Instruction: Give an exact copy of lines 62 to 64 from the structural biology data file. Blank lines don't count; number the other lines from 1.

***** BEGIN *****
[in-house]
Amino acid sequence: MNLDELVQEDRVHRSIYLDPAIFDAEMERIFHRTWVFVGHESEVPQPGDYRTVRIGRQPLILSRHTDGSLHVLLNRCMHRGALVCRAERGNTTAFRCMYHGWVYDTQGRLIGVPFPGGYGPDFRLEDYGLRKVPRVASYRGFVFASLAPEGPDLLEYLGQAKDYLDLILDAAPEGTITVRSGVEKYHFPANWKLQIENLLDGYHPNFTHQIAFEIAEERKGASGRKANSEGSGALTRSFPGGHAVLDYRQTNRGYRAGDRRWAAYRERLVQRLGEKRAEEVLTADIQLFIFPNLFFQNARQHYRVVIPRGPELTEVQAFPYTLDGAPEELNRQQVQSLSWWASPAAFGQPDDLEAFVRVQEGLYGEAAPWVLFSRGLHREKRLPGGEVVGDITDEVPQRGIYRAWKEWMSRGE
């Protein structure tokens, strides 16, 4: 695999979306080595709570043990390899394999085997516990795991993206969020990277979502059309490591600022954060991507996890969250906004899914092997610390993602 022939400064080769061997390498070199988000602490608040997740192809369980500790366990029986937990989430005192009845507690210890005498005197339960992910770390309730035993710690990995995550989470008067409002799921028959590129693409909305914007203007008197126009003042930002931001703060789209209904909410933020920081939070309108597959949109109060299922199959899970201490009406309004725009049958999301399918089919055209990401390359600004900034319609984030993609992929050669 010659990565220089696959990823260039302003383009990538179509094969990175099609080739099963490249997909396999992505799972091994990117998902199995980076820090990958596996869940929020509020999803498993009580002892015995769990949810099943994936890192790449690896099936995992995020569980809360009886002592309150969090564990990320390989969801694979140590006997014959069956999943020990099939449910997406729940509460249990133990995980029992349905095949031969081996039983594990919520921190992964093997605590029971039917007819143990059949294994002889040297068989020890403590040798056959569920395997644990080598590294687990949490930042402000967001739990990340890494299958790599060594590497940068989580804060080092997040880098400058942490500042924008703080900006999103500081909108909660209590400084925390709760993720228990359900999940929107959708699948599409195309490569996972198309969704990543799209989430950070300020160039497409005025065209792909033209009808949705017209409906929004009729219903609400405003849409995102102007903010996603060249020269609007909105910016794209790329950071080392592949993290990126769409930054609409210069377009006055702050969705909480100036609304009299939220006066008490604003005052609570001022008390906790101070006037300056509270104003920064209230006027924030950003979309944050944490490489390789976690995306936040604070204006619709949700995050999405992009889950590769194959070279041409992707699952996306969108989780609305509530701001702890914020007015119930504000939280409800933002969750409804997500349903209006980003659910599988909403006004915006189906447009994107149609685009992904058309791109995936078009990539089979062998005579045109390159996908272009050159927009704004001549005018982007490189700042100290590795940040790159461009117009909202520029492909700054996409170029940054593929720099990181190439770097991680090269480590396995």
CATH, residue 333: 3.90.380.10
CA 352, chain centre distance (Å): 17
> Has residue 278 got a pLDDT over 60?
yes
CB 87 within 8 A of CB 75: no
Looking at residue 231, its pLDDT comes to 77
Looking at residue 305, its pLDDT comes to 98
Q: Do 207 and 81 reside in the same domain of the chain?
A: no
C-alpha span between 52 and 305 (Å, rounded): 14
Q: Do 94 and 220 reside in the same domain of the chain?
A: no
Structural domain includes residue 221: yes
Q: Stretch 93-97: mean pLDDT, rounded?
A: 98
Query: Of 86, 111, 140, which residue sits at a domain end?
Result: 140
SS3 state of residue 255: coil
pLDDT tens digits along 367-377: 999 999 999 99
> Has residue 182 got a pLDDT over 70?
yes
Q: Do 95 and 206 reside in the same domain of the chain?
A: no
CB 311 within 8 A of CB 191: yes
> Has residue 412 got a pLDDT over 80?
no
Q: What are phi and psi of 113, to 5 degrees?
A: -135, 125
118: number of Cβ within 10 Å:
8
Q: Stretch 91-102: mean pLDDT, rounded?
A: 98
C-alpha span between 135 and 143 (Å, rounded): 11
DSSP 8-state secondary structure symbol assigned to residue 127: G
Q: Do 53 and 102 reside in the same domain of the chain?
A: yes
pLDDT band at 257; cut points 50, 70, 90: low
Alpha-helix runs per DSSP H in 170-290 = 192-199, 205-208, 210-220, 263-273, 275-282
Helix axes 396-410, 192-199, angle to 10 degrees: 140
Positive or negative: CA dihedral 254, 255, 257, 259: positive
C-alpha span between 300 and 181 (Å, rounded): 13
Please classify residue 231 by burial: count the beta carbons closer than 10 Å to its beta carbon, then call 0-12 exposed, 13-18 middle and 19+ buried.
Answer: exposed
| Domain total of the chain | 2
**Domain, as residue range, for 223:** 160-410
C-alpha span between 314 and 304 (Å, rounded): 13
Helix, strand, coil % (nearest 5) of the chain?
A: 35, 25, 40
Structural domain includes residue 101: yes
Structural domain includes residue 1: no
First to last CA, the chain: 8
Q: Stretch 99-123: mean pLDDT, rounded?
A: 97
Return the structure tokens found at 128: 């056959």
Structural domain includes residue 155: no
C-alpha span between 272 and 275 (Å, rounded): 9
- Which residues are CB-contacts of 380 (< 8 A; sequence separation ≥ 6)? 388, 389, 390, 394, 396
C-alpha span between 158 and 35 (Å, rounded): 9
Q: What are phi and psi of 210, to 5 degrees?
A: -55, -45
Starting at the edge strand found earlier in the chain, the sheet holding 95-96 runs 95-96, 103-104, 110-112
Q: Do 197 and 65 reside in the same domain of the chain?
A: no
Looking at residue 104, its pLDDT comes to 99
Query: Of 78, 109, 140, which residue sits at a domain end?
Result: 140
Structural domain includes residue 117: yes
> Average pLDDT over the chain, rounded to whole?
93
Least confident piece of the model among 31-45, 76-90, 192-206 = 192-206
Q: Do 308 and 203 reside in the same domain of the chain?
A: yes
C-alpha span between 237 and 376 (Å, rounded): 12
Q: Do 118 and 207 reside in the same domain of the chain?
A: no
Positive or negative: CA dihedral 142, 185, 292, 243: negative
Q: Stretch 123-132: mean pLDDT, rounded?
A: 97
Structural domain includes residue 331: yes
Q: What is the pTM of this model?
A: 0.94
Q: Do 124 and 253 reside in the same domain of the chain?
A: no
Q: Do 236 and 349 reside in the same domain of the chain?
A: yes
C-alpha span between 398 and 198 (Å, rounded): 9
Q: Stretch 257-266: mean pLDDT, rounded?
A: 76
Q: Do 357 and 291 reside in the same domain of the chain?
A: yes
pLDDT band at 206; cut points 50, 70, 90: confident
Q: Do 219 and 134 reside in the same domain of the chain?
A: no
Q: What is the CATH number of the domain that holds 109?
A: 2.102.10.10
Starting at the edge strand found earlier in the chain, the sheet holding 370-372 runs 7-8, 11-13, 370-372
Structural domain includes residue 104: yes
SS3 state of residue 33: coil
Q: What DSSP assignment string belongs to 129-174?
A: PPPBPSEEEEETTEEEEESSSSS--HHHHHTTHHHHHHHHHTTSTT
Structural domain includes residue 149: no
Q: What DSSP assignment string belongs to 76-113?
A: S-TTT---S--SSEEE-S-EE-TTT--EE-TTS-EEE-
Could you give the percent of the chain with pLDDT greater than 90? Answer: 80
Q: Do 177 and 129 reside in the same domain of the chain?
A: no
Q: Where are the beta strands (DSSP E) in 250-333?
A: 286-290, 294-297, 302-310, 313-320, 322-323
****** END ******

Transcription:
Q: What are phi and psi of 210, to 5 degrees?
A: -55, -45
Starting at the edge strand found earlier in the chain, the sheet holding 95-96 runs 95-96, 103-104, 110-112